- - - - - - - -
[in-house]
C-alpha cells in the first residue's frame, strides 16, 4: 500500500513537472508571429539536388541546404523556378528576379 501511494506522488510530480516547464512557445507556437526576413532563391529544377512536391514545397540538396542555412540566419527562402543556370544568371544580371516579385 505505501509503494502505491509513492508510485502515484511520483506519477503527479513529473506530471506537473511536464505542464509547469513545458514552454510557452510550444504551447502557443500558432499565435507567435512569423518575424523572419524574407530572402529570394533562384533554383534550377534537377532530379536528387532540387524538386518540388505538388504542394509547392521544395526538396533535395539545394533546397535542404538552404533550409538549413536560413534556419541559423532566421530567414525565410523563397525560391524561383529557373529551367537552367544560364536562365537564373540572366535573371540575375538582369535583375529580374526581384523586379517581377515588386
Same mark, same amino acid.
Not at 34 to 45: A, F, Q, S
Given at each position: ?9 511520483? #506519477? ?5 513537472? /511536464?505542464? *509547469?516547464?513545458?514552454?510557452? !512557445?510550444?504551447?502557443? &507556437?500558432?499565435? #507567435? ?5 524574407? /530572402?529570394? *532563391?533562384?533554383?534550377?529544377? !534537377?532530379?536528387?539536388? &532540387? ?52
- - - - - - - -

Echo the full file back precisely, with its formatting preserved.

[in-house]
C-alpha cells in the first residue's frame, strides 16, 4: 500500500513537472508571429539536388541546404523556378528576379 501511494506522488510530480516547464512557445507556437526576413532563391529544377512536391514545397540538396542555412540566419527562402543556370544568371544580371516579385 505505501509503494502505491509513492508510485502515484511520483506519477503527479513529473506530471506537473511536464505542464509547469513545458514552454510557452510550444504551447502557443500558432499565435507567435512569423518575424523572419524574407530572402529570394533562384533554383534550377534537377532530379536528387532540387524538386518540388505538388504542394509547392521544395526538396533535395539545394533546397535542404538552404533550409538549413536560413534556419541559423532566421530567414525565410523563397525560391524561383529557373529551367537552367544560364536562365537564373540572366535573371540575375538582369535583375529580374526581384523586379517581377515588386
Same mark, same amino acid.
Not at 34 to 45: A, F, Q, S
Given at each position: ?9 511520483? #506519477? ?5 513537472? /511536464?505542464? *509547469?516547464?513545458?514552454?510557452? !512557445?510550444?504551447?502557443? &507556437?500558432?499565435? #507567435? ?5 524574407? /530572402?529570394? *532563391?533562384?533554383?534550377?529544377? !534537377?532530379?536528387?539536388? &532540387? ?52